What a journey that we must venture upon. Lord Shades is no mere lifeless character acting as a proxy for the musicians, rather he is a living, breathing creation subjected to abject classical misery in order to gain strength and personal understanding. His is a tale that, at the close of the album, is only part done and there is a tragic nature that permeates the story that sees Lord Shades as a modern day Oedipus Rex, a tortured soul upon whom the miseries of the world are heaped with unceasing malevolence. The story, meanwhile, is tightly plotted and constructed with at least equal grace to the remarkable music and just as the band reference a wealth of musical sources, so the story references literary masters such as Shakespeare and Milton in relating the tale. ‘Awareness’, at some six minutes one of the shorter tracks here, is a furious blast of metal that is subverted in the fourth minute as washes of synth sooth away the fire and fury and pave the way for Cyril’s beautifully understated soloing which sees the song segue into the sinister, ‘Ancient fears’ which introduces Lord Shades’ arch foes, the entities of Chaos, via slow, doom-laden metal offset with the sweetness of a violin section. It is this dichotomy between Lord Shade’s unrivalled blasts of metallic fury and the band’s classical sensibilities that makes the album such a compelling listen and which propels the intricate storyline along at a fearsome pace. A brutal track, ‘ancient fears’ not only conjures the very visceral desire to headbang, but also captures a sense of the story with enough power to evoke the more restrained desire to sit back and absorb the story. ‘Lust for death’ sees the unleashing of the hordes of chaos, via a sensational blast of black metal that takes in Eastern influences with its unusual chord progressions and mighty hooks and then there is the epic ‘the dark fleet’ which takes classical influences and sets them within a huge, gleaming metallic framework for a song that is part black Sabbath, part Wagner, part Therion in its intricate, emotive neo-classical ambition. It’s the centre point of the album, and it sees the beginning of Lord Shade’s epic battle with morality and sense of self via the Miltonian concept ‘better reign in hell than serve in paradise’, the paradigm that has motivated many a heroic figure to fall in the face of great temptation.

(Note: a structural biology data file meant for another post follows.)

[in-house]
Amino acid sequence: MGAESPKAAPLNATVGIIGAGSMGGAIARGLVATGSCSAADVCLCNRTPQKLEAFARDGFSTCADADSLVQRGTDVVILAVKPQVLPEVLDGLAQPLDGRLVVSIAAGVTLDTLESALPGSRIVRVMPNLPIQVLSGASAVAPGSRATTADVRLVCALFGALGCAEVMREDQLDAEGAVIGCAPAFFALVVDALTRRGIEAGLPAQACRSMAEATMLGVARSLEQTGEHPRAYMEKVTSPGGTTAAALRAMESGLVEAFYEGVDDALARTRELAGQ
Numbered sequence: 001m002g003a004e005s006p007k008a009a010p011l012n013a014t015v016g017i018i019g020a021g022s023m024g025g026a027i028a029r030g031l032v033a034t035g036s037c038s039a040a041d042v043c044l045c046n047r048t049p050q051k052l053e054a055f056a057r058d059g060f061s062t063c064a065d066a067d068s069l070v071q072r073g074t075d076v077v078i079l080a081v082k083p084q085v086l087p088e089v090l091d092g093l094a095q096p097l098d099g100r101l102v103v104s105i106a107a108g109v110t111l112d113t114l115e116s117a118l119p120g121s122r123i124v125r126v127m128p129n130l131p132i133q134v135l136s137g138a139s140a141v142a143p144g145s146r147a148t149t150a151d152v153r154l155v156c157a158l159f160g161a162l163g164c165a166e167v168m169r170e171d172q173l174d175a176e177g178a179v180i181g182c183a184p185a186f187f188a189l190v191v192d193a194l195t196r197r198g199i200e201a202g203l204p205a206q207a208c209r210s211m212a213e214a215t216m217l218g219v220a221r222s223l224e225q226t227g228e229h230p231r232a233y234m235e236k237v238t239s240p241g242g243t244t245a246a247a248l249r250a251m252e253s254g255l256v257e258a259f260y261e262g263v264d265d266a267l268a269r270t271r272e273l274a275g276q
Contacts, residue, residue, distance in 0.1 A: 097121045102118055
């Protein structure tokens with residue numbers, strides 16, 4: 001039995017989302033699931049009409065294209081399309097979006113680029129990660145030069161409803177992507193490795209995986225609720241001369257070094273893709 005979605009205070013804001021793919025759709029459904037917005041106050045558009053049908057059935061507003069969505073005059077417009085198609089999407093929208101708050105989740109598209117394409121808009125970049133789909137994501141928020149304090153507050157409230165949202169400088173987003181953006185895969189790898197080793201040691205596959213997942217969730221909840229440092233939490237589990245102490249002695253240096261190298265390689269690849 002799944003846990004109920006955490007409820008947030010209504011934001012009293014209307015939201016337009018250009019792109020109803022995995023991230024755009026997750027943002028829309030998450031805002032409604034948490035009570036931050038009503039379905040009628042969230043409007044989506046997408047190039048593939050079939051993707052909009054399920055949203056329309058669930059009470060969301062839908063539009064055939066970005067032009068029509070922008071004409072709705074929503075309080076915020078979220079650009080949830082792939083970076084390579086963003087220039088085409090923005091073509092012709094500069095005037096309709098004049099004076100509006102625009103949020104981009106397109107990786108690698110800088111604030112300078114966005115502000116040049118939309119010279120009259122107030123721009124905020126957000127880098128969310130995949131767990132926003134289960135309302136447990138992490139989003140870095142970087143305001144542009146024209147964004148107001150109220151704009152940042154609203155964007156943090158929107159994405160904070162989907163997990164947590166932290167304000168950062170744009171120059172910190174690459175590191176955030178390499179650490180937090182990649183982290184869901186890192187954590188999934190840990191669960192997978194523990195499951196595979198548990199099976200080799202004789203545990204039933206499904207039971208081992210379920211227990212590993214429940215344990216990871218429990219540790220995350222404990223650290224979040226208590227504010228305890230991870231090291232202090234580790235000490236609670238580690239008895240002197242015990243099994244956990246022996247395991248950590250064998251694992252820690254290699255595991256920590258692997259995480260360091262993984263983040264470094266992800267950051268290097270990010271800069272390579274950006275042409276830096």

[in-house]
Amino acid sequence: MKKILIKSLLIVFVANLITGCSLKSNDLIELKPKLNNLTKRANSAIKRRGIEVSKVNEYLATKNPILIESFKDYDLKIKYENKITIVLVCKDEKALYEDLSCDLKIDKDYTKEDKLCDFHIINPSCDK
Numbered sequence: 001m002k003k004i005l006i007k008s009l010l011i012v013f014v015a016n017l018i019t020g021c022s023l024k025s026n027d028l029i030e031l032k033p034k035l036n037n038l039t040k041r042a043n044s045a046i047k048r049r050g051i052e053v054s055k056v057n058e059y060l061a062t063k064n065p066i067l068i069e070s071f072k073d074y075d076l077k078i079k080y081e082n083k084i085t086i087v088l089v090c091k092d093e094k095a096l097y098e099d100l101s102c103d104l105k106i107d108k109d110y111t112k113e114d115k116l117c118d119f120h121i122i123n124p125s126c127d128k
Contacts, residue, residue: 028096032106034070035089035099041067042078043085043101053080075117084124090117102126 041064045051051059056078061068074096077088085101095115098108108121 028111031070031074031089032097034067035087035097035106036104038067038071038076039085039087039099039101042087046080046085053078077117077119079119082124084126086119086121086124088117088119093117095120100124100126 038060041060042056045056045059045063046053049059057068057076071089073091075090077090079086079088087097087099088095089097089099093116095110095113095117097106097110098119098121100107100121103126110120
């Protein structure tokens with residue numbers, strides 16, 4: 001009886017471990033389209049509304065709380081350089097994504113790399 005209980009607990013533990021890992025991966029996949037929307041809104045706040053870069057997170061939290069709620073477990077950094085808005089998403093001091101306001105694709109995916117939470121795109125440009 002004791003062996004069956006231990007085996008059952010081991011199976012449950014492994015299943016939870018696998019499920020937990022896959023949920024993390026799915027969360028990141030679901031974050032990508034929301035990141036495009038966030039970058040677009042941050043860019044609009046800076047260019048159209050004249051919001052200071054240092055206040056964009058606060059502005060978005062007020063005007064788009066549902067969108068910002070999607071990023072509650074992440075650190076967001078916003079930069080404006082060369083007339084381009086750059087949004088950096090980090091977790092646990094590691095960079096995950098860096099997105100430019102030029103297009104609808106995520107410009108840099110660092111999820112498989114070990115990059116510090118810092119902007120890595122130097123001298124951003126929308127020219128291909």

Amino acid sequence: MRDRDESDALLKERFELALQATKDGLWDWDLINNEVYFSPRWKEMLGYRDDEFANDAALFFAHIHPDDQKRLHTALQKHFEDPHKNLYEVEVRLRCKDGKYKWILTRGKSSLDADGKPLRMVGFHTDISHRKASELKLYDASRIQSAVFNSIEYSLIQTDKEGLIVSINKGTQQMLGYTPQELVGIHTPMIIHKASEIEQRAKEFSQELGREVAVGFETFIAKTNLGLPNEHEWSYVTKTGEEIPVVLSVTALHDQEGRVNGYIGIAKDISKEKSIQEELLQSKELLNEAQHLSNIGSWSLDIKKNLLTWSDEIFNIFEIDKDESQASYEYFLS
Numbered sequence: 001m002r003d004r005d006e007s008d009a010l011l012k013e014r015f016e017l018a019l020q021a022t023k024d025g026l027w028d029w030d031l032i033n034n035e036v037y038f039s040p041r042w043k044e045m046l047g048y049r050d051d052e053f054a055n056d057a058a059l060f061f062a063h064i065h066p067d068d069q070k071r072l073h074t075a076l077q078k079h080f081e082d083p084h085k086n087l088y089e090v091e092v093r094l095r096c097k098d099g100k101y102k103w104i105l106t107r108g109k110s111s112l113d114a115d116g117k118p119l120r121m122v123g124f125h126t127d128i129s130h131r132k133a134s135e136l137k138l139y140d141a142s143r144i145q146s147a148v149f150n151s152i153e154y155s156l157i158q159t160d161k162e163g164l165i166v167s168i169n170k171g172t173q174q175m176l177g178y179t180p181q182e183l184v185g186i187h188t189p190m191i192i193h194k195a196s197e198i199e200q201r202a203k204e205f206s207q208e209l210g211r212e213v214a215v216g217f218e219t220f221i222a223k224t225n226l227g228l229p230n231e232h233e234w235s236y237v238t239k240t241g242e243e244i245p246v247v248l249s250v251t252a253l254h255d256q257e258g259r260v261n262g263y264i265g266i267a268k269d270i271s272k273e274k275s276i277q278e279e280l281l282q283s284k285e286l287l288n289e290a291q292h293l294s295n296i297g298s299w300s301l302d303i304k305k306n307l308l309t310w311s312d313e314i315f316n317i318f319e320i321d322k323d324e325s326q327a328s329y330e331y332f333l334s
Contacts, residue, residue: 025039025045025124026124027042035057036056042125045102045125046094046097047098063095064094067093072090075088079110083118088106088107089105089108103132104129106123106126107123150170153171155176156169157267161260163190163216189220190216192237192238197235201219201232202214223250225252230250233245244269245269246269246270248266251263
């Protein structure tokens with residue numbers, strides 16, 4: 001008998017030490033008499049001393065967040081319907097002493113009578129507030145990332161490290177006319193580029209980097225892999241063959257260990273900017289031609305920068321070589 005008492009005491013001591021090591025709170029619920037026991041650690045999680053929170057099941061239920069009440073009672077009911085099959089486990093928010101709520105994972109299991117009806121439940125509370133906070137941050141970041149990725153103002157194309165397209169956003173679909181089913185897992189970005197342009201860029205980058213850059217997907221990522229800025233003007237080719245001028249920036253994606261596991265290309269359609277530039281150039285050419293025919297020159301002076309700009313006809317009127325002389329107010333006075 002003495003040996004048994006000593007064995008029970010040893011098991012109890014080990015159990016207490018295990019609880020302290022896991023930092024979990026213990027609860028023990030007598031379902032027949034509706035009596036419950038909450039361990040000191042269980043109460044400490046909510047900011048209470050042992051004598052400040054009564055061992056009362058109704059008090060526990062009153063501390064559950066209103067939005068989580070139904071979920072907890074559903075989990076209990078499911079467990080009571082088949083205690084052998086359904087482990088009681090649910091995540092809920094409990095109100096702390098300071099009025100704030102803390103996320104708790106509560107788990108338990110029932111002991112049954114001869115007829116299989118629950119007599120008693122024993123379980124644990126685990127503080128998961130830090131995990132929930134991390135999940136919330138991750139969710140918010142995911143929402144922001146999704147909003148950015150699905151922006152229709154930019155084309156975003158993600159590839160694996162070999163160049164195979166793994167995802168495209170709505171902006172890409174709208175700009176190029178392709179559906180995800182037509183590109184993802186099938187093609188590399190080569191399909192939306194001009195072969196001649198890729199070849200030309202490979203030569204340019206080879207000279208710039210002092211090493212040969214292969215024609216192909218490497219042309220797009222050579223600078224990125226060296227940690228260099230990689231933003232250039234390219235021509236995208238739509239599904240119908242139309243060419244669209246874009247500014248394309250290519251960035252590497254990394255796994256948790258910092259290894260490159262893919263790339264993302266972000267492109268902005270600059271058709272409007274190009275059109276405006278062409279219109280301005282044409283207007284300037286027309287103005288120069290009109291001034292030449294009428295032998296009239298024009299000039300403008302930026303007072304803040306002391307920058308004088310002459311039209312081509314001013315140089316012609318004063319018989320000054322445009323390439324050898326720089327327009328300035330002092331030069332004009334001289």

The final two tracks see the story racing towards its bitter, cliff-hanger conclusion. Of these ‘Fool of wisdom’ is a short (at just over four minutes the shortest song here) blast of savage metal that sees Lord Shades guided towards the tales epic finale by a Fool who, like Feste in ‘Twelfth night’, is possessed of more wisdom than anyone superficially blessed with knowledge. Alas, as the final track ‘the pledge’ demonstrates, Lord Shades is not willing to put his faith in the fool and thus makes a decision (and an oath) that has the potential to cause great suffering – a juncture at which we leave our hero (with some regret) until the band take up his tale once more in a future release. Musically the grand finale takes in elements of folk, metal and more to serve up the album’s most unique and beguiling track and one that is best played at high, neighbour-distressing volumes.

Lord Shades are unarguably a special band indeed. With a narrative that more than justifies its length, and a sense of musical ambition that demands attention, ‘The rise of Meldral-Nok’ is an album that may not achieve mainstream success, but which will certainly be adored by those that discover its charms. The music is heavy, but also classical – as if one great composition divided into movements, and the musicians themselves are top notch – tight, proficient and they play both with great skill and great feeling. Furthermore, as if all this weren’t enough, a huge amount of effort has gone into the stunning digi-pack which houses the music and it’s clear that Lord Shades has been a labour of love for all involved. A worthy, exciting and ambitious project this is an epic concept albuym and a mind-blowing metallic voyage that must not be missed. Phil